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Gender and Globalization in Asia and the Pacific: Method, Practice, Theory (2008)
See chapter by Virginia Metaxas "Licentiousness has slain its hundreds of thousands" : the missionary discourse of sex, death, and disease in nineteenth-century Hawaiʻi
call number: Asia, Pacific & Hawaiian HQ1240.5 .A78 G46 2008
You can request the chapter be scanned and sent to you. Sign in with your UH username and password. Select either the Pacific or Hawaiian copy and choose "digitization" and specify this chapter.
This is a 2003 reprint of a textbook written by Gerrit P. Judd in 1838 to teach basic anatomy to Hawaiians at Lahainaluna Seminary. There are 2 copies in the main collection and 1 copy in the Hawaiian Collection that can be borrowed, call number QM23 .J83 2003.
From University of Hawaiʻi Press website: Anatomia is the only medical textbook written in the Hawaiian language. Gerrit P. Judd, for a time the only medical missionary in the Islands, wrote the text in 1838 to teach basic anatomy to Hawaiians enrolled at the Mission Seminary (Lahainaluna School). Working from a standard elementary textbook of the time, Judd provided his students with more than a simple, straight translation. Rather than “Hawaiianize” Latin or English names and terms, he devised new vocabulary and explained medical functions and practices in words that would be readily understood by a Hawaiian.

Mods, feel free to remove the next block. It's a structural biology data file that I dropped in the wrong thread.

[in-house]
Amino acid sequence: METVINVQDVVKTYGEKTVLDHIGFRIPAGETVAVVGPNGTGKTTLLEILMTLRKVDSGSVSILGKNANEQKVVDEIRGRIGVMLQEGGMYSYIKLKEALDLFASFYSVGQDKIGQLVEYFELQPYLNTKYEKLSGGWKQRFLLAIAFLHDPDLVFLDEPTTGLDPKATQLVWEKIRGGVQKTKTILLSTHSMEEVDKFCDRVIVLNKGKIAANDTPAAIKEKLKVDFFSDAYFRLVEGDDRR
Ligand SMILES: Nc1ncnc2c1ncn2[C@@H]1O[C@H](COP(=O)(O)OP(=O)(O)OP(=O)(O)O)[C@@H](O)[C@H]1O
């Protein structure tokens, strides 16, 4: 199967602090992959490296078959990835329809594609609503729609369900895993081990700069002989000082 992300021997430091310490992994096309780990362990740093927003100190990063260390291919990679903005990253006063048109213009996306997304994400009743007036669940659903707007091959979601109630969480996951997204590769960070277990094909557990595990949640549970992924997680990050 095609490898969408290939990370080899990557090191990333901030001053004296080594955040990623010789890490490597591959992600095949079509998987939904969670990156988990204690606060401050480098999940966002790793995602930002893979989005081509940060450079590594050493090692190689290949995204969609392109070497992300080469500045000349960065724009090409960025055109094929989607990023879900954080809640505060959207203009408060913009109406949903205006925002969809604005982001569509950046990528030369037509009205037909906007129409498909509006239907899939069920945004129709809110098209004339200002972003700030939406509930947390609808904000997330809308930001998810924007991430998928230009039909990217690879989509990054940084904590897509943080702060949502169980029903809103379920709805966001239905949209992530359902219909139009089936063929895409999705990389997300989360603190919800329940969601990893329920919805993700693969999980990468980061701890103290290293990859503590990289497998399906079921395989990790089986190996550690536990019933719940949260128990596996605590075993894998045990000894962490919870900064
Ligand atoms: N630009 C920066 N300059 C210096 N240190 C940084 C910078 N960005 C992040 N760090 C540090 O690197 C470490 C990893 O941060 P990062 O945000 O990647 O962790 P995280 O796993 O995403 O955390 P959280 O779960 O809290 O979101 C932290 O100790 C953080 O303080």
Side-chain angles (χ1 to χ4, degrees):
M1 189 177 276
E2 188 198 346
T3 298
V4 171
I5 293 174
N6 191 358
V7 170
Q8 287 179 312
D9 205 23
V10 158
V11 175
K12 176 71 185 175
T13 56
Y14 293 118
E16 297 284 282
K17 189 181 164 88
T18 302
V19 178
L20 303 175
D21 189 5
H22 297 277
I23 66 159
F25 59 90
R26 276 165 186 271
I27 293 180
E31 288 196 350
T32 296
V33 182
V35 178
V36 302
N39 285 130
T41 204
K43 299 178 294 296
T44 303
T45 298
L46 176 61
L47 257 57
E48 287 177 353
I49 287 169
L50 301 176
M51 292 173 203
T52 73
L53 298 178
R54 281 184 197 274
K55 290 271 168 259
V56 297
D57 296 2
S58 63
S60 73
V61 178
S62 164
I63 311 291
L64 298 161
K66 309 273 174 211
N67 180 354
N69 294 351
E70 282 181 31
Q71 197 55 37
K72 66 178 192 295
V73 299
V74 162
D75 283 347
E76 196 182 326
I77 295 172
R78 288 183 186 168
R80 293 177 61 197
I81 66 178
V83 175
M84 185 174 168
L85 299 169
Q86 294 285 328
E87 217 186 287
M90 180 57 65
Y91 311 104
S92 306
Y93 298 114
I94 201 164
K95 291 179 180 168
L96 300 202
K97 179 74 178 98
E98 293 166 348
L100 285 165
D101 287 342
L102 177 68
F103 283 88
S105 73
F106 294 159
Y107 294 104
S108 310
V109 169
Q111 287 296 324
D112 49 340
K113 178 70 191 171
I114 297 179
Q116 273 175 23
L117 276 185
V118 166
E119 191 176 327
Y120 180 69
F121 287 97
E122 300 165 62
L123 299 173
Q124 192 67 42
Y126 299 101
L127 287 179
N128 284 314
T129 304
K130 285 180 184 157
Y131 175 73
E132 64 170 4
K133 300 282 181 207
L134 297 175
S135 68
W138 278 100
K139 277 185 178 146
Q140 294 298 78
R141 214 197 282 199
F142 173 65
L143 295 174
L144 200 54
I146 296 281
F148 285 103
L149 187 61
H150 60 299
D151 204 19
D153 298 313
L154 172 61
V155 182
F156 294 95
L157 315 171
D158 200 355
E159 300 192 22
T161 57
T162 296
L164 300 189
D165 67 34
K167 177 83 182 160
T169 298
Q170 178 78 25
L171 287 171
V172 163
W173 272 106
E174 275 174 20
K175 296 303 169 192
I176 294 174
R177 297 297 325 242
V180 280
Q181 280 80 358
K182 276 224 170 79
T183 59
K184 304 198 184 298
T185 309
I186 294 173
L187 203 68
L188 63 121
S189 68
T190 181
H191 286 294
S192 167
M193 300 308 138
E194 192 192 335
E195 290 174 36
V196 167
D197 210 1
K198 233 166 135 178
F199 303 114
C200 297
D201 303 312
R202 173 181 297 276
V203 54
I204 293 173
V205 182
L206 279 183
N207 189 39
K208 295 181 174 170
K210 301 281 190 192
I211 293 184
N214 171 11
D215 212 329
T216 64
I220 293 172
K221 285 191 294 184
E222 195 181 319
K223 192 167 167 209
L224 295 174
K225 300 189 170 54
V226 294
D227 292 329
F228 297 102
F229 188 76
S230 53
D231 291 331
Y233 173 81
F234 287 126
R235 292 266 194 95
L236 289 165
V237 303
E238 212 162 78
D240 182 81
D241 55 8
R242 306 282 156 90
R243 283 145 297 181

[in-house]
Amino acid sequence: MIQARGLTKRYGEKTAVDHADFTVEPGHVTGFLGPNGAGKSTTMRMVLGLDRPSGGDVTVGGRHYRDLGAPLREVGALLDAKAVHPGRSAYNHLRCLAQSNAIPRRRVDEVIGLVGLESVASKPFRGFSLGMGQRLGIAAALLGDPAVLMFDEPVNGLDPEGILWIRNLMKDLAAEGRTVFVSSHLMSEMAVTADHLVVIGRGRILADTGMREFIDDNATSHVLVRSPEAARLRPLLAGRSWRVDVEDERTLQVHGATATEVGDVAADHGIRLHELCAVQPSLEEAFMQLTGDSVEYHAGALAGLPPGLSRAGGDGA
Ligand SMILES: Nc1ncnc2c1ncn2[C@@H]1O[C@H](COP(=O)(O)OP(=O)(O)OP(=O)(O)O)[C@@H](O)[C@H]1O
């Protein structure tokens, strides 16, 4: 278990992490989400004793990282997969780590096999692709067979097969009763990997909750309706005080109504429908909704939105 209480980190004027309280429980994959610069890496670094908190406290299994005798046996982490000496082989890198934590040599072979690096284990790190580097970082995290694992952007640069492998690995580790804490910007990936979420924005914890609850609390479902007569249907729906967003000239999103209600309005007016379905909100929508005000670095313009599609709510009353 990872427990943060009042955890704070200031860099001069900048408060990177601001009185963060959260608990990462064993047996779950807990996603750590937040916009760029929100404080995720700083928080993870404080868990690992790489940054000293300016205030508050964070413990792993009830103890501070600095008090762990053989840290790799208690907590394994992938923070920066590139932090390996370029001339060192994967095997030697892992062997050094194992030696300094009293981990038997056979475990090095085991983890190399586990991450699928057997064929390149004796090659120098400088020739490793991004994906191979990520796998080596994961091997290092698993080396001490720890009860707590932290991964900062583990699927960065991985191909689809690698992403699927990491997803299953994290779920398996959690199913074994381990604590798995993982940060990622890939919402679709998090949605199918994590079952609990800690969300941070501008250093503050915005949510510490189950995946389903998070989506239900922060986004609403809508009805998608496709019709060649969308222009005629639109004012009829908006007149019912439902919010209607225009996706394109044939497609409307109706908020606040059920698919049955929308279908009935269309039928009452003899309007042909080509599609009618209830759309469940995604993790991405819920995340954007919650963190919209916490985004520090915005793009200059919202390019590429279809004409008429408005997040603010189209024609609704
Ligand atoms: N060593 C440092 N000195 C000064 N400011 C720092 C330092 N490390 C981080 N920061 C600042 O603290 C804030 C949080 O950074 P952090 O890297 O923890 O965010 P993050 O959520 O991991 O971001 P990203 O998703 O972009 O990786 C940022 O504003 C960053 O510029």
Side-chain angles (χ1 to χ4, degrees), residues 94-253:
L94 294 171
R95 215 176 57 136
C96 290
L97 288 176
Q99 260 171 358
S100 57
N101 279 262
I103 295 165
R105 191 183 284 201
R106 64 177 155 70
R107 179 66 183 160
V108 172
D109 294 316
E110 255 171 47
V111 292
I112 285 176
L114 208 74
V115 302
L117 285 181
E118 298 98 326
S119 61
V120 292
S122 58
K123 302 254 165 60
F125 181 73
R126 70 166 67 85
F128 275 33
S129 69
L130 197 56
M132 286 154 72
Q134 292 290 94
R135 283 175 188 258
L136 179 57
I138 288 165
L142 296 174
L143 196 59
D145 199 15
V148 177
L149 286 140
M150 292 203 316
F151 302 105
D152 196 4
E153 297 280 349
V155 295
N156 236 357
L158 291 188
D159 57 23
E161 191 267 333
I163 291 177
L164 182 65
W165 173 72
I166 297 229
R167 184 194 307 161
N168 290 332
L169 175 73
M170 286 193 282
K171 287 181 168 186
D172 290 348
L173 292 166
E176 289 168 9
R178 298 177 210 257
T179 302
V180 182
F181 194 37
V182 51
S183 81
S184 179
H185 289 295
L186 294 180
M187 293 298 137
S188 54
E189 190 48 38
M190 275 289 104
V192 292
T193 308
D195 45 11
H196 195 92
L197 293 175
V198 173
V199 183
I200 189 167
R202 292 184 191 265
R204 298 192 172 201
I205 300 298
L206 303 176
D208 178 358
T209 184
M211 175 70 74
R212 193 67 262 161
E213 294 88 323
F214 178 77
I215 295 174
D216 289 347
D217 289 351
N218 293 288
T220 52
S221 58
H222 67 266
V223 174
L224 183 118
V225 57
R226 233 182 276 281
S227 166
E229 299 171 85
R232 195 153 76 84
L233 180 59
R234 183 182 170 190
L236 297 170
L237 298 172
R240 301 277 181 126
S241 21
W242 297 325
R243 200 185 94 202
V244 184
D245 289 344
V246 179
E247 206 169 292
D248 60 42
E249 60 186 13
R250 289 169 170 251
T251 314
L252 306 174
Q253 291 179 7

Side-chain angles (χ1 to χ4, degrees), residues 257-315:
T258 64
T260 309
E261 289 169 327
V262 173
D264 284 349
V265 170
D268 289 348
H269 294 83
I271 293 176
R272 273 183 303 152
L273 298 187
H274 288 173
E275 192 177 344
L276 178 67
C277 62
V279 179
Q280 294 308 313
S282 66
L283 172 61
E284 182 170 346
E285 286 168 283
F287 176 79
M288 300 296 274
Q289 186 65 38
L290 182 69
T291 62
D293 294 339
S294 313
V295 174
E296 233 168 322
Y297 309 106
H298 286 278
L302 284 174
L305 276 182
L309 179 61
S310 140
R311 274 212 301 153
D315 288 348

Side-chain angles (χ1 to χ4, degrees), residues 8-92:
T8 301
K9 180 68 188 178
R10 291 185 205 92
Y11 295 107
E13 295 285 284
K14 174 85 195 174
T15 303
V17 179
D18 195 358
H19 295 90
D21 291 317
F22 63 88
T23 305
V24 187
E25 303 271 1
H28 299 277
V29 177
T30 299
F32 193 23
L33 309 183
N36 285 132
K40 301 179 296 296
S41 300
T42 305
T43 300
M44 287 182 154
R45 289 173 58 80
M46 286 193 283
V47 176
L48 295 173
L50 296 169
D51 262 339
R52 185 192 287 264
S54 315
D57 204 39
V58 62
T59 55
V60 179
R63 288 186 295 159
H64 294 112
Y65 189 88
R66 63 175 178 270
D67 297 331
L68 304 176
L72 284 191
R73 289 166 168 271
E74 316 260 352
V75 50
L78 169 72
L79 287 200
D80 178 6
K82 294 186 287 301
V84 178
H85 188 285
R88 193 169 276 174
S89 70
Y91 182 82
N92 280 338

Judd's use of Hawaiian terms and descriptions gives us insights into native cultural and healing practices in the early decades of the nineteenth century. Anatomia is a valuable addition to the growing collection of translations on native health and will be greatly appreciated by linguists, historians, and students of Hawaiian language and culture.
The life of the land: Missionary geography in the Hawaiian Islands
Herman RDK. The Life of the Land: Missionary Geography in the Hawaiian Islands. Missiology. 2011;39(1):59-78.
A Christian and “Civilized” Education: The Hawaiian Chiefs' Children's School
Menton, L. (1992). A Christian and “Civilized” Education: The Hawaiian Chiefs' Children's School, 1839–50. History of Education Quarterly, 32(2), 213-242. doi:10.2307/368986
Hi Lory, I don't think there are libraries that keep report cards but I suggest contacting the Hawaiʻi State Archives to see if they have anything that might help with your topic. Their email address is firstname.lastname@example.org. Be sure to check out their website, http://ags.hawaii.gov/, to see their hours and requirements to visit.